Robe (chapan), mens, synthetic fabric / cotton / imitation gold thread, designer and maker unknown, Tashkent, Uzbekistan, 2000-2003
This man's embroidered ceremonial or special occasion robe (chapan), to be worn with the Chust-type cap and waistcloth, was part of a diplomatic gift presented to the Museum in 2004 by the Government of Uzbekistan. The gift was in recognition of the partnership established between the Museum and the Uzbek Ministry of Cultural Affairs for the loan exhibition 'Bright flowers: textiles and ceramics of Central Asia'. This exhibition featured a selection of objects from state museums in Uzbekistan, Tajikistan and Kazakhstan, including the large dowry embroideries known as suzanis, embroidered robes and dresses, and decorative ceramics spanning ten centuries. Together with other items of dress, the robe serves not only as a tangible symbol of this partnership, but also represents the continuity of the Central Asian tradition of diplomatic gifts of decorative robes.
In the past, robes like this were typically worn by men at both courtly and festive occasions. This particular robe demonstrates the changes in production over time in Uzbek textile tradition as inexpensive commercial imported fabrics have been used and it has been machine finished. This reflects the relatively high demand for robes like this which are not today reserved exclusively as gifts for diplomats and other important officials, but are frequently worn at weddings, birthdays and other celebrations.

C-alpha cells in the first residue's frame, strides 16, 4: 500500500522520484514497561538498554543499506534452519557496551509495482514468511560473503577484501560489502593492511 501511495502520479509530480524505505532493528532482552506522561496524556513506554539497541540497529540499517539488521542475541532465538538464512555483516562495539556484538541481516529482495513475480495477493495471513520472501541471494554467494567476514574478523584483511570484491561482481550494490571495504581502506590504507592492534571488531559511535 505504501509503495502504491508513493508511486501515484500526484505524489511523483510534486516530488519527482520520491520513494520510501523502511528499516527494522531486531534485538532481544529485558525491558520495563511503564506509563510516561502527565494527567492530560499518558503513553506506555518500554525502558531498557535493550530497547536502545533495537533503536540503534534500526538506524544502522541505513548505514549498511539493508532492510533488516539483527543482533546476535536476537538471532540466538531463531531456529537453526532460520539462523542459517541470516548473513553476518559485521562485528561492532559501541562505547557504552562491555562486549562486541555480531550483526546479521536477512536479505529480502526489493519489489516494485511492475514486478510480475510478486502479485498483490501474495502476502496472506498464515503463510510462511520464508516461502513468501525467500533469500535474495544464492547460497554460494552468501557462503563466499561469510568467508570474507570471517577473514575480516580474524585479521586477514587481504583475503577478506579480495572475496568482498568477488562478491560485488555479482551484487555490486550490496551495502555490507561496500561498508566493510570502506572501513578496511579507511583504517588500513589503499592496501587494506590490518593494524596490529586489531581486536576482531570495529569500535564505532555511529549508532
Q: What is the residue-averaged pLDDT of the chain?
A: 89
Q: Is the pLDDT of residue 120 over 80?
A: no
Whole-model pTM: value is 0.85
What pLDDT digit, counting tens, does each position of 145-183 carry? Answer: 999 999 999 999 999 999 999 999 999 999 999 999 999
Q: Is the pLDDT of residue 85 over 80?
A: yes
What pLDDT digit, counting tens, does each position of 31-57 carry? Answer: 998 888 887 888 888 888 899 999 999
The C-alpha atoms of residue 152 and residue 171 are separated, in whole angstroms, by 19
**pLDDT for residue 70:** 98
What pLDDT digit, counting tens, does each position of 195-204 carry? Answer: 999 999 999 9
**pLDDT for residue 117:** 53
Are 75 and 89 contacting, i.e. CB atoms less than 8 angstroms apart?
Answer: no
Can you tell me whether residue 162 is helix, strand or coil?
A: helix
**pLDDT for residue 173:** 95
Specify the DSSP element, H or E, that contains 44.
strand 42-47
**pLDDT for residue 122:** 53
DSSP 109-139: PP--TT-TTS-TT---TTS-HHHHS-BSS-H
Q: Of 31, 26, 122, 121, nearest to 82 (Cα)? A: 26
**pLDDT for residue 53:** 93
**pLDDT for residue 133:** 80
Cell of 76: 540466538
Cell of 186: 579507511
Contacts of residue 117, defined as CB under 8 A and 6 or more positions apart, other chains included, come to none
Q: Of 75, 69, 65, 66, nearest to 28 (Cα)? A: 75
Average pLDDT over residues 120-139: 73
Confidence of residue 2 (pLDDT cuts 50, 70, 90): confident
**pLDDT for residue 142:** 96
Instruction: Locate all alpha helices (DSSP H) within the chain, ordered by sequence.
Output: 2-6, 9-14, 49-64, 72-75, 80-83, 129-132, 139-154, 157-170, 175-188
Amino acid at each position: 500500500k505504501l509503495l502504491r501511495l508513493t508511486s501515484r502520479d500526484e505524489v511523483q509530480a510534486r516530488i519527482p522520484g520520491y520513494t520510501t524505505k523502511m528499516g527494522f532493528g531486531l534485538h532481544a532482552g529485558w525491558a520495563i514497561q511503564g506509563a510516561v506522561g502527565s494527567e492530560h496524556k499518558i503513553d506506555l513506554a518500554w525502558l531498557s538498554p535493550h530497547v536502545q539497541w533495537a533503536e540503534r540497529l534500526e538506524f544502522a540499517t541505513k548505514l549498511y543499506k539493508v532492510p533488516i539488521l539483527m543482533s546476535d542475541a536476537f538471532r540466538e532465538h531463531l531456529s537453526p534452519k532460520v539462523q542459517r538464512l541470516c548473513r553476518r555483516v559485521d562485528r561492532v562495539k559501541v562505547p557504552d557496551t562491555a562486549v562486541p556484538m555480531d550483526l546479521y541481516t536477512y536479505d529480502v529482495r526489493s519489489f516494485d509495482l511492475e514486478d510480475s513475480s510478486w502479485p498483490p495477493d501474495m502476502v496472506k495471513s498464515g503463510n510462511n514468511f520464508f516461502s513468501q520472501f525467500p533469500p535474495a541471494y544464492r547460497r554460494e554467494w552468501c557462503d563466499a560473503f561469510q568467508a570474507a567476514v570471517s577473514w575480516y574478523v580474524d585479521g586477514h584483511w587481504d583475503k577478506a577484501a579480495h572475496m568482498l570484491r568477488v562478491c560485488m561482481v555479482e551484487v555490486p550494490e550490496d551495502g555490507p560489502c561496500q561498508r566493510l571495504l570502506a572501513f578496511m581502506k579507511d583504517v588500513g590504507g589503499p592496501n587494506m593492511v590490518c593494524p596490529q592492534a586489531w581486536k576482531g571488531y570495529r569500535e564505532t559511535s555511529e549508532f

Kalter, Johannes & Pavaloi, M (eds.)., 'Heirs to the Silk Road - Uzbekistan' (London and New York, 1997)
Sumner, Christina & Petherbridge, Guy, 'Bright flowers: textiles and ceramics of Central Asia' (Powerhouse Publishing, Sydney, 2004)
Assistant Curator Design & Society 2009
Principal Curator Design & Society 2011
This robe has been machine made from Russian imported fabrics.
Between 17 September 2004 and 20 February 2005, the Powerhouse Museum hosted the exhibition 'Bright Flowers: textiles and ceramics of Central Asia', which was curated by Christina Sumner and featured selected objects from state museums in Uzbekistan, Tajikistan and Kazakhstan. During her four visits to Central Asia for the development of this exhibition, the curator forged strong links with Government agencies, including those in Uzbekistan.
This robe, the Chust-type cap and waistcloth comprised a formal gift to the then-Director, Dr Kevin Fewster from Mr Erkin Ernazarov on behalf of the Ministry of Cultural Affairs of the Government of Tashkent in Uzbekistan during a visit to Sydney in April 2004. In return for the robes, which reflect Central Asia's long tradition of diplomatic gifts, the Museum presented the three delegates with Akubra hats.